(Originally posted: Friday, December 13th, 2013)
Surveys, like all evaluations, take place in a social and political context. Here are some guidelines for navigating these dynamics in the context of surveys:
1. Always include the people in charge of a program in the evaluation process.
Never ask survey questions about a unit, program, department, or organization in which you have no authority or responsibility. If you do need information relating to another unit, include them in the process. If you are responsible for a broad survey that asks questions about multiple areas, then you have to let relevant people know, preferably unit-by-unit.
2. Always include people with responsibility in an area in all stages of the evaluation, from design to the communication of results.
I learned this lesson years ago when I gave a presentation to a board. The presentation subject was about results from an institution-wide survey that included questions about specific units. Everyone knew about the administration of the survey and received a report on the findings. I thought this was enough, and I presented findings about financial aid to the board without letting the dean of enrollment management know beforehand. Several board members had questions which I could not answer and for which the dean was not prepared. At a minimum I should have let the dean know what I was doing, and ideally should have included in the dean in the discussion. Everything was fine after an apology on my part, and I learned my lesson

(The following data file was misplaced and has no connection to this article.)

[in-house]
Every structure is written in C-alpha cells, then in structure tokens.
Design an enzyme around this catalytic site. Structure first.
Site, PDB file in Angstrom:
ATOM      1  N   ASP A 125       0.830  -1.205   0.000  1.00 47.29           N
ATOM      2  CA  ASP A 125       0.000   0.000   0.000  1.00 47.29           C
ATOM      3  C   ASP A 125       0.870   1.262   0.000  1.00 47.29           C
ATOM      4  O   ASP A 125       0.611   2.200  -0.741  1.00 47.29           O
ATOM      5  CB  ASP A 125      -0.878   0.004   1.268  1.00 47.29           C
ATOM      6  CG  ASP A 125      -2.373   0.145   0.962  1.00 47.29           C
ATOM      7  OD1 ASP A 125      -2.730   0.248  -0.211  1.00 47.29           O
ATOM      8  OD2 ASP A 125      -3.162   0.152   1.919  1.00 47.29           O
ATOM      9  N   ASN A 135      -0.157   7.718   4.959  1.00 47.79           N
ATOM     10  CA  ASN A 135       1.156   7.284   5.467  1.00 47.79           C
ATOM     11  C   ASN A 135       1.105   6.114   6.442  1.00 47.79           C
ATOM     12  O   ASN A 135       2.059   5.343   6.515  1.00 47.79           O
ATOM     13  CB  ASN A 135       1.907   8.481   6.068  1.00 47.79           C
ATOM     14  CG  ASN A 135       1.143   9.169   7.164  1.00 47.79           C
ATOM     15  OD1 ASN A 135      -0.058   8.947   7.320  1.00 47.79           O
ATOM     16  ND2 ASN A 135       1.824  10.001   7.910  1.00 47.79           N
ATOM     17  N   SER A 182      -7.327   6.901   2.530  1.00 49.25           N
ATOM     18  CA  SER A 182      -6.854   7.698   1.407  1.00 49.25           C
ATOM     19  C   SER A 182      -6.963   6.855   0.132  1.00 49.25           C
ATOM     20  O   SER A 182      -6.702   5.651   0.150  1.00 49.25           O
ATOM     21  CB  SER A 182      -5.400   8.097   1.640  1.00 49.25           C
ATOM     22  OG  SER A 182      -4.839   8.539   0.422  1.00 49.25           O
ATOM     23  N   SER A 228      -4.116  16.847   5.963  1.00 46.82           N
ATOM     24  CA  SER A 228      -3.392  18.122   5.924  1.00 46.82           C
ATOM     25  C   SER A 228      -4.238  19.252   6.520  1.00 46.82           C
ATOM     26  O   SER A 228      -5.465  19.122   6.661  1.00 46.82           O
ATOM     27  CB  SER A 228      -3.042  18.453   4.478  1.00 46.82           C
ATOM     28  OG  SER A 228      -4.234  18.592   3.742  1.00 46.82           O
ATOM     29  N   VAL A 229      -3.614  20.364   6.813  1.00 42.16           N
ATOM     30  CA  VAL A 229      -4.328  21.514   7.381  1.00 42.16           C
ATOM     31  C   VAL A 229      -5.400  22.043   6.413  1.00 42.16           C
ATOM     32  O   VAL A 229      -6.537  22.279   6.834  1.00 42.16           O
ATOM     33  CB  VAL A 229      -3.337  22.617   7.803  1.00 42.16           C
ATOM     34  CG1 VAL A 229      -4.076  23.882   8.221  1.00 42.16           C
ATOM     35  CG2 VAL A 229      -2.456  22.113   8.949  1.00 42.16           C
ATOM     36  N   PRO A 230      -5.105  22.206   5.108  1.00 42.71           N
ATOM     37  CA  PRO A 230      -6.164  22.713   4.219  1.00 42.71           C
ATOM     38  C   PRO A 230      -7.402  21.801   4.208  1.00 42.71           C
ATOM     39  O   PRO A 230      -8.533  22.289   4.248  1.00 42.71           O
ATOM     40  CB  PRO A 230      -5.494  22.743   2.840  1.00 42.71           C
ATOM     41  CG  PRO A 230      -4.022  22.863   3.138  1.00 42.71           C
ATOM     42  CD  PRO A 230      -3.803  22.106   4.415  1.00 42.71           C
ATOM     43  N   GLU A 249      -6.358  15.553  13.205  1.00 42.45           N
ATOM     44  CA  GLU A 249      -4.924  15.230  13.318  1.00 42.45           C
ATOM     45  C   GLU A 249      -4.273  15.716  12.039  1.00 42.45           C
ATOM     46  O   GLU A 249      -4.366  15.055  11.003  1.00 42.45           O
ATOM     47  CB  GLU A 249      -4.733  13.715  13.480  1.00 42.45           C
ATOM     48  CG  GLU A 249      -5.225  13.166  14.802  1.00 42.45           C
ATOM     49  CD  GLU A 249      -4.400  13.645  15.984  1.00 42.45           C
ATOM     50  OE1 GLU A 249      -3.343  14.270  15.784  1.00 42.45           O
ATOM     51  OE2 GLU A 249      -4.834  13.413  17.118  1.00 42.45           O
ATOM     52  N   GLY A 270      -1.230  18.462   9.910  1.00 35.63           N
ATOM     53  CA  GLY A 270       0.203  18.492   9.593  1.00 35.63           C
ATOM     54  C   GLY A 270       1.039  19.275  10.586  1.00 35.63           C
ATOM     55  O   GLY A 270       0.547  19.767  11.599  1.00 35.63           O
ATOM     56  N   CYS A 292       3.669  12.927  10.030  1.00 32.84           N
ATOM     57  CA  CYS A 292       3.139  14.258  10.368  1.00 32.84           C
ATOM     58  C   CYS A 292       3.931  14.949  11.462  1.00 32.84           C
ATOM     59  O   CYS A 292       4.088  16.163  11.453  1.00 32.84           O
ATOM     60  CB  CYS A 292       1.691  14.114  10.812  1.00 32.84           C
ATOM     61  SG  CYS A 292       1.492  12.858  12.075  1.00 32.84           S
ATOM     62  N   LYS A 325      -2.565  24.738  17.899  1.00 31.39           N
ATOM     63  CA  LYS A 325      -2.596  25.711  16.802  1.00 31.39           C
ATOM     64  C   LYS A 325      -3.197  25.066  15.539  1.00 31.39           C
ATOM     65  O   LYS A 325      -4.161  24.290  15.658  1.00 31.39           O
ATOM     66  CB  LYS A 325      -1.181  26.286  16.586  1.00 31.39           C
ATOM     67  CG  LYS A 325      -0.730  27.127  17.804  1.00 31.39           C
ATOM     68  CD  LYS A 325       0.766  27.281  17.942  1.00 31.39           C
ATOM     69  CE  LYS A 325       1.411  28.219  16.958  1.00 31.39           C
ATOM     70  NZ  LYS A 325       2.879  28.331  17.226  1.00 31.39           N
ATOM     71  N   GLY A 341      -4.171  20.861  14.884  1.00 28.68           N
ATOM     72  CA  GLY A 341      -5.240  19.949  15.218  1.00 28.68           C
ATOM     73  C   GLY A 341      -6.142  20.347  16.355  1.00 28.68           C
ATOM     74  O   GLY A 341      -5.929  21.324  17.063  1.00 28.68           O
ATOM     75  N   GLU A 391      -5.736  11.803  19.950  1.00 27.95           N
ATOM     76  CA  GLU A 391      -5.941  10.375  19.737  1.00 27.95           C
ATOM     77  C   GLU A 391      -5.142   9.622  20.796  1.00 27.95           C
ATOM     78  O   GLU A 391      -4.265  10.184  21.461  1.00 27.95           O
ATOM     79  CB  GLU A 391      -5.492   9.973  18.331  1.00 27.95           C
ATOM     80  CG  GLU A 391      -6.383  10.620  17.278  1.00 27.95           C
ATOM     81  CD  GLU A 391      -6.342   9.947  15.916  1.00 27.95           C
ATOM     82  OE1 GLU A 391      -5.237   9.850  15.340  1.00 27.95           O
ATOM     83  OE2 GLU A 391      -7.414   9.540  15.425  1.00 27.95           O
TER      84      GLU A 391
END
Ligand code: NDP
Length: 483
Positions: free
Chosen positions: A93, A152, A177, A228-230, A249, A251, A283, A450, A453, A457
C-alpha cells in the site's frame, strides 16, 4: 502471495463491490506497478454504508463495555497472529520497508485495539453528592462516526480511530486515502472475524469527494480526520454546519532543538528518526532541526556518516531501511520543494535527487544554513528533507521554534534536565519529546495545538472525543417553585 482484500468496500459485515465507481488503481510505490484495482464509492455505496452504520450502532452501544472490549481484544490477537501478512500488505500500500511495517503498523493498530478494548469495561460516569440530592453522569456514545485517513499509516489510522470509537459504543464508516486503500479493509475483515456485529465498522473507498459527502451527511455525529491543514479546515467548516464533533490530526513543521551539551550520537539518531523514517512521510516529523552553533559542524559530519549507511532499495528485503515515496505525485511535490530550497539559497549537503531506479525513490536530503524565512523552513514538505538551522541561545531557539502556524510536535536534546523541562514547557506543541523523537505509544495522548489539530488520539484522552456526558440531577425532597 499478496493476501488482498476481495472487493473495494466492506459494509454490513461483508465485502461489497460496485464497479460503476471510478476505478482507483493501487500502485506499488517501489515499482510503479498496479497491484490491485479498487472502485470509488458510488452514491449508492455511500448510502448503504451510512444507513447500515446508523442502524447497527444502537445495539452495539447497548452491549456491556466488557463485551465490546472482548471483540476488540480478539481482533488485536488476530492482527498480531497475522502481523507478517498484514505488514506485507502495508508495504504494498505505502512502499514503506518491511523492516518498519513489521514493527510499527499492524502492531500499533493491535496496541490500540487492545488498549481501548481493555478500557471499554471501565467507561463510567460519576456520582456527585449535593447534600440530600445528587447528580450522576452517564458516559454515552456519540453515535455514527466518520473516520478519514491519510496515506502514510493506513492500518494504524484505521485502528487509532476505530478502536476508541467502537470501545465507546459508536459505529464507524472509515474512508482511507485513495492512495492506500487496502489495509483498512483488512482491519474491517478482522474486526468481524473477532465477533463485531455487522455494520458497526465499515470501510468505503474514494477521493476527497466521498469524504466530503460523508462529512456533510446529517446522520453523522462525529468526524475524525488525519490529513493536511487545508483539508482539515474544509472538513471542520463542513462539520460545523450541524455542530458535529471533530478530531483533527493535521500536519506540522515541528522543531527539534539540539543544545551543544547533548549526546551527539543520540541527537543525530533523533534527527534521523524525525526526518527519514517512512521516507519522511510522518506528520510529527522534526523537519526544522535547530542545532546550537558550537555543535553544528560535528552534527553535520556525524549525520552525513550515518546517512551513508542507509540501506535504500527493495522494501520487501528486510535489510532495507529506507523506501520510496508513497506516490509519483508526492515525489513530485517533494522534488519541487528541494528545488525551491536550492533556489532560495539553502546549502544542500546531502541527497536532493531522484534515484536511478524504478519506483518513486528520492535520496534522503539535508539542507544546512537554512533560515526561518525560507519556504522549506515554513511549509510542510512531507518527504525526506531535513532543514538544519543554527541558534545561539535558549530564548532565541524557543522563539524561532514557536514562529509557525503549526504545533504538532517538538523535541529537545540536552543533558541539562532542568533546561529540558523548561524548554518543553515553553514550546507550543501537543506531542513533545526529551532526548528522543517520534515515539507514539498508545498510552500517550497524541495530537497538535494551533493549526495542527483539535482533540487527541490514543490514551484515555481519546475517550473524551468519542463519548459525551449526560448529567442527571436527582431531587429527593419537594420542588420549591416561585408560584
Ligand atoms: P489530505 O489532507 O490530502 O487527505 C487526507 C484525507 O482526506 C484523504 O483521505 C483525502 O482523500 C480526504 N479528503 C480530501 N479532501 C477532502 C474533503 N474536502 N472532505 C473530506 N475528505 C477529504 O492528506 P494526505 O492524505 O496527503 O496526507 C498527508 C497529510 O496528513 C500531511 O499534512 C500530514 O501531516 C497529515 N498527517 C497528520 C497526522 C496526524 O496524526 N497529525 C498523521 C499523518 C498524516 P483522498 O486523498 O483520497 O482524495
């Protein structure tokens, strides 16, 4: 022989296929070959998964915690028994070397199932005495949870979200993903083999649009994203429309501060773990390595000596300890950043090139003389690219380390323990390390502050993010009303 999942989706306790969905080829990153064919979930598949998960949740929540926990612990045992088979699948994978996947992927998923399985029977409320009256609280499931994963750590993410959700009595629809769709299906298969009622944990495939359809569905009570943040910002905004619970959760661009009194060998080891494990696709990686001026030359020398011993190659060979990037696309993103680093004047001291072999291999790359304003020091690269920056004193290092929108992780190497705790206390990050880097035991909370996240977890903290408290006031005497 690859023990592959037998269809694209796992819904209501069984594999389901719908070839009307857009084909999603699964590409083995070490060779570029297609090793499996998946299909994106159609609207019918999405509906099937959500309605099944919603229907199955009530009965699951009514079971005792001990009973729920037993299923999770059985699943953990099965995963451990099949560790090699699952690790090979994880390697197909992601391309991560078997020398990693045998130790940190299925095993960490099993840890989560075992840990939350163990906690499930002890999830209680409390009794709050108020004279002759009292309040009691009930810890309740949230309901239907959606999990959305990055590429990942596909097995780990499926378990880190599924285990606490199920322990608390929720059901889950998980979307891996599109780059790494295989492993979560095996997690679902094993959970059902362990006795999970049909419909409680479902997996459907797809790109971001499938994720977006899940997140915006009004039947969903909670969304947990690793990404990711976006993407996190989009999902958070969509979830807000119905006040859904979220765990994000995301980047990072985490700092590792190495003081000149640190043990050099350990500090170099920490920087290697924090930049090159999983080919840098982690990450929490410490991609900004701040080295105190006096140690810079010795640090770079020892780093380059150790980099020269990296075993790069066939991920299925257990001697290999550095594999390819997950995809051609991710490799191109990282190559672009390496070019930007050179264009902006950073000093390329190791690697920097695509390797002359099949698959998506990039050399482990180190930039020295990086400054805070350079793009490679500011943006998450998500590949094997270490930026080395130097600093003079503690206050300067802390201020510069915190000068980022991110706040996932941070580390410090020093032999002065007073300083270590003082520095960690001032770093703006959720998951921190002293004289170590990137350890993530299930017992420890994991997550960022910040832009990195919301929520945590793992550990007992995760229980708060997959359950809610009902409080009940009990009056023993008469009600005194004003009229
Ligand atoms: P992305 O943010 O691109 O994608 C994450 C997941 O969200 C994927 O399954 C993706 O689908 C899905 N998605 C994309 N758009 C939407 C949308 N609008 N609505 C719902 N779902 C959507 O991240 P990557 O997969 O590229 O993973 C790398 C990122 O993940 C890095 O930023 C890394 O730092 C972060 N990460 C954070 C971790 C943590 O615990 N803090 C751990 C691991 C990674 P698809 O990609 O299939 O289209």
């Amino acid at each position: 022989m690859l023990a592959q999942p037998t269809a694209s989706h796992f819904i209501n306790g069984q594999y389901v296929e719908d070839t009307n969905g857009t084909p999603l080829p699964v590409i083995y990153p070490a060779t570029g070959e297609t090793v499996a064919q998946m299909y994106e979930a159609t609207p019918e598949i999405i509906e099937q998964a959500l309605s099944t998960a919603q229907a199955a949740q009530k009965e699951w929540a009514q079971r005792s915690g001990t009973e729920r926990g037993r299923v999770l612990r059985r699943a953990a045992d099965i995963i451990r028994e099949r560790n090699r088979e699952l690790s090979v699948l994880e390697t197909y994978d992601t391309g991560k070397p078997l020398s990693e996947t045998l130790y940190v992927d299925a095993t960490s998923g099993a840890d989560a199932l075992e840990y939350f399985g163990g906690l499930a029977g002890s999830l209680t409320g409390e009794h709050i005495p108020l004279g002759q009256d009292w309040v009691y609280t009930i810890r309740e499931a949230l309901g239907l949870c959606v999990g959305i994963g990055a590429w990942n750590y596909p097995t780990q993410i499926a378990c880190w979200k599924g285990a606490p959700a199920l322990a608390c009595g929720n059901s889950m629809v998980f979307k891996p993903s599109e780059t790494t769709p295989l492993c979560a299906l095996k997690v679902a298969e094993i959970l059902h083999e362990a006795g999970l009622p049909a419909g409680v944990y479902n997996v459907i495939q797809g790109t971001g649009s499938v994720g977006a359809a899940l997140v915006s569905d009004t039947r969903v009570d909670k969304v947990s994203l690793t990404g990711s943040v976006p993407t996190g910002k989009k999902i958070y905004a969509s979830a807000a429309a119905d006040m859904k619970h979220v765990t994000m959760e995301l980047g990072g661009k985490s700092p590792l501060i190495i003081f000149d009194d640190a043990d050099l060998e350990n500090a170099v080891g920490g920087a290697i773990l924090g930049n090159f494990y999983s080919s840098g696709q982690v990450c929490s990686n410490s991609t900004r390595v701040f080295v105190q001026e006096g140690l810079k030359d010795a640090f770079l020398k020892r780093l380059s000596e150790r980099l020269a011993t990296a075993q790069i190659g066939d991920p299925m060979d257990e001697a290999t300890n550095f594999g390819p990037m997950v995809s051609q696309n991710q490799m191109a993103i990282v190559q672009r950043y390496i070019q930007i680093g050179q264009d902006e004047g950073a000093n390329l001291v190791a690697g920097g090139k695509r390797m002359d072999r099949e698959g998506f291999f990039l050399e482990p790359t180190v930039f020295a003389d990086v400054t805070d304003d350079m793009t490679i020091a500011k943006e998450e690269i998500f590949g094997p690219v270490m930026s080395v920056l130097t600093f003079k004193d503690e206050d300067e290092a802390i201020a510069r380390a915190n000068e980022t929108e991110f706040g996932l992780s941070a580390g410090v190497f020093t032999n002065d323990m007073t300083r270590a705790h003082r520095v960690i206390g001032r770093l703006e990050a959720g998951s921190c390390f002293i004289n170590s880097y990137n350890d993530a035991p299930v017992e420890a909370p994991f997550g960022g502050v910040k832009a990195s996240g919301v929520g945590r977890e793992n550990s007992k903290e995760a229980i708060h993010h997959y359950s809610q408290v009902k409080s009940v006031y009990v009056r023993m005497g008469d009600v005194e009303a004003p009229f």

3. Protect and learn from the process.
In my experience, evaluation and planning project results are rarely questioned because of their results. Rather, the most common concerns are usually about process. These usually include questions about things like whether or not students were involved, whether faculty were consulted, or if there was appropriate outreach. I am confused in terms of why many people frequently skip this part – hubris? Laziness? Regardless of the reasons, questions about process can kill the legitimacy of an evaluation project and the use of the results, even if they are good. In my experience, there is a lot to learn from engaging groups and asking about their ideas. Any project I have worked on has vastly improved by consulting with faculty, students, and administrative colleagues. It is well worth the extra time and effort.
4. Surveys need to be clear about their purpose.
A colleague and old friend of mine from institutional research one stated that “we won’t fulfill data requests if the purpose is to prove somebody wrong.” We generally recommend that surveys addressing program improvement should generally not be tied to personnel evaluation, although sometimes people are open about using them for that purpose. Unless explicitly designed for that reason, surveys should focus on problems, not people.